Design and Analysis of a Fast Steering Mirror for Precision Laser Beams Steering by ProQuest

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									                    Sensors & Transducers Journal, Vol. 5, Special Issue, March 2009, pp. 104-118


                                                         Sensors & Transducers
                                                                                              ISSN 1726-5479
                                                                                               © 2009 by IFSA
                                                                                  http://www.sensorsportal.com




               Design and Analysis of a Fast Steering Mirror
                    for Precision Laser Beams Steering
                1
                 Qingkun ZHOU, 2Pinhas BEN-TZVI and 1Dapeng FAN
 1
  College of Mechatronics Engineering and Automation, National University of Defense Technology,
                              Changsha Hunan 410073, P. R. China
2
  Department of Mechanical and Aerospace Engineering, School of Engineering and Applied Science,
        The George Washington University, 801 22nd St., NW, Washington, DC 20052, USA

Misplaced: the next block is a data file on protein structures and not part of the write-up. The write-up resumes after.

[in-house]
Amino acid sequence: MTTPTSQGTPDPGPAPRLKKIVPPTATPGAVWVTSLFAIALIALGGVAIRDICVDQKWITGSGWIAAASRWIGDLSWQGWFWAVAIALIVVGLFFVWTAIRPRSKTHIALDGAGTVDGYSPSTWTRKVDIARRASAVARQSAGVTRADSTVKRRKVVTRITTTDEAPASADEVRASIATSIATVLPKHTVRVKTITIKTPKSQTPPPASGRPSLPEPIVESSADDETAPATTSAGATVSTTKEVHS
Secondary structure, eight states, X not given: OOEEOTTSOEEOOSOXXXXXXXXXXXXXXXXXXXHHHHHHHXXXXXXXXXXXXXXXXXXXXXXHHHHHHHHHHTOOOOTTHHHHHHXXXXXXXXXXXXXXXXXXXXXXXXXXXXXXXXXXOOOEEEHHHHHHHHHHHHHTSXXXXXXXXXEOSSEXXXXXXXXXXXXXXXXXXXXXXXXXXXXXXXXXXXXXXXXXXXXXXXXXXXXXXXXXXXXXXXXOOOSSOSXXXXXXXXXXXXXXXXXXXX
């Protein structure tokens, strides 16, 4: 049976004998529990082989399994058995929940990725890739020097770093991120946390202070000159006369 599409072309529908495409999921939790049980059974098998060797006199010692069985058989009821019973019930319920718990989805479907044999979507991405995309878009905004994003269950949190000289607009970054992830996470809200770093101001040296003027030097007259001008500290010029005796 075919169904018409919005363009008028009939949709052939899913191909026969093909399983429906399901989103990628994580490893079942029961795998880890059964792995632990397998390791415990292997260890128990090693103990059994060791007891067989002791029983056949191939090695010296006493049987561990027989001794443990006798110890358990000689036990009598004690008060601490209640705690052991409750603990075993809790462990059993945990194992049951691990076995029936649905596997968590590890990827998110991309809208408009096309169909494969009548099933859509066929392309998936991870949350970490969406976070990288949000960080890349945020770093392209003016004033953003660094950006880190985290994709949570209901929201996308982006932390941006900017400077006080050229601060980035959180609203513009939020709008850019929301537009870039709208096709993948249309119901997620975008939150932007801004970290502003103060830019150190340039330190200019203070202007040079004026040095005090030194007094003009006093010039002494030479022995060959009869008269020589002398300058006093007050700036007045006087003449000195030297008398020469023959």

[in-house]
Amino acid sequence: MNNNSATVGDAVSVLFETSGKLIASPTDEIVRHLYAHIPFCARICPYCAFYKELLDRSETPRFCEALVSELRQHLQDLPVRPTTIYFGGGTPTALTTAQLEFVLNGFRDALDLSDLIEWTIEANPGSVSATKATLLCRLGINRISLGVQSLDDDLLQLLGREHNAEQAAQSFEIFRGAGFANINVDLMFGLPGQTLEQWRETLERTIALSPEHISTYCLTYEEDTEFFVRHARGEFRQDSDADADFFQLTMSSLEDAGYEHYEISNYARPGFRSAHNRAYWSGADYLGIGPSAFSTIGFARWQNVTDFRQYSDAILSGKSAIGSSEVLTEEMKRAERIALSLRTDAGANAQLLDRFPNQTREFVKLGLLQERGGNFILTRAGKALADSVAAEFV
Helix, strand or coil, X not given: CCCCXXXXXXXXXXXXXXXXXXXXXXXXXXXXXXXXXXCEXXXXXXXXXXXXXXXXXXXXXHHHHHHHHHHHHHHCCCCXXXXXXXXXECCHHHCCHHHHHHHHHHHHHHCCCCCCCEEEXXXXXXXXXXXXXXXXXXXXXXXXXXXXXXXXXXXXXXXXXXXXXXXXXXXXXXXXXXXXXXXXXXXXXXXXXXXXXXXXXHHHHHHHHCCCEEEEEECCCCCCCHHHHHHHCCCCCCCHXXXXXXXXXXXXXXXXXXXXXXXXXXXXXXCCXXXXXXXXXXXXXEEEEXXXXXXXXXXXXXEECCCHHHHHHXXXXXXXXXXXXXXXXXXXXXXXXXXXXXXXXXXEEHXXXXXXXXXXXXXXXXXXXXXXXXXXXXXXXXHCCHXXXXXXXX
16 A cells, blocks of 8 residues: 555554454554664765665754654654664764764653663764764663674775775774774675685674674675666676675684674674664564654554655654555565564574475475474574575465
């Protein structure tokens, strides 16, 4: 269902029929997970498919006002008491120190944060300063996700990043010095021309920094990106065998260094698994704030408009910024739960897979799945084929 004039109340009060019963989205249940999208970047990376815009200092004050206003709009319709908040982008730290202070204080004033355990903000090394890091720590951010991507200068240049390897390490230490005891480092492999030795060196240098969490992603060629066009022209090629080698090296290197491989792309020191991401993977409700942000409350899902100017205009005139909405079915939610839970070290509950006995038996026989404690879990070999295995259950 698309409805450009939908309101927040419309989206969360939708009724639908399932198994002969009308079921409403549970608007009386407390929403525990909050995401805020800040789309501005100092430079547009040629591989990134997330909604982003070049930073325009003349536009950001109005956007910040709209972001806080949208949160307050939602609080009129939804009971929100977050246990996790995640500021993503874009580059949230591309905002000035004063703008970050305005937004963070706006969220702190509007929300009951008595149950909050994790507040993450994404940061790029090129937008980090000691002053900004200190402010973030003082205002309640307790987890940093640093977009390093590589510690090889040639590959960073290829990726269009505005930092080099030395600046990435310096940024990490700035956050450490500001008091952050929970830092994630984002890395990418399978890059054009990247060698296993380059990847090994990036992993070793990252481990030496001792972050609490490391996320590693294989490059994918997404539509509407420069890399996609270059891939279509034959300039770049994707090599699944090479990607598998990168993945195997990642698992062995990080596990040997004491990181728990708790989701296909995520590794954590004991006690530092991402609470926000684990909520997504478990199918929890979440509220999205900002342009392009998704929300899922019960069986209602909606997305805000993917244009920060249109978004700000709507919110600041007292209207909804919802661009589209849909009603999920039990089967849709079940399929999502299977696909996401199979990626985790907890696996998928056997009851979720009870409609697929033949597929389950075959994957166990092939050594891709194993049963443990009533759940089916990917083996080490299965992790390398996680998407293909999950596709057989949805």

Tel.: (202) 994-6149
                         E-mail: zqkhome@gmail.com, bentzvi@gwu.edu


       Received: 29 January 2009 /Accepted: 22 February 2009 /Published: 23 March 2009


Abstract: Precision laser beam steering is critical in numerous applications. Also, precise pointing of
laser beams is essential in challenging environments. The optical signal may be deflected, drift and
wander due to environmental influences. The core problem of steering performances is to deal with the
jitter disturbance. Based on the analysis of the beam angle steering system, some important factors to
design the structure of a Fast Steering Mirror (FSM) and the layout of laser optics steering system are
presented. Flexure hinges with compliant mechanisms are used to build the FSM structure. A 4-quadrant
detector is used as the sensor for the incoming light. A design of the developed control loop and concepts
of the FSM model are discussed. A comparison between the measured gain response and the simulation
model of the FSM reveals similarity between the theoretical simulation model and the real system, and
offers a way to improve the model to better resemble the real system. A laser beam jitter control test bed
is also introduced to improve jitter control techniques. Copyright © 2009 IFSA.

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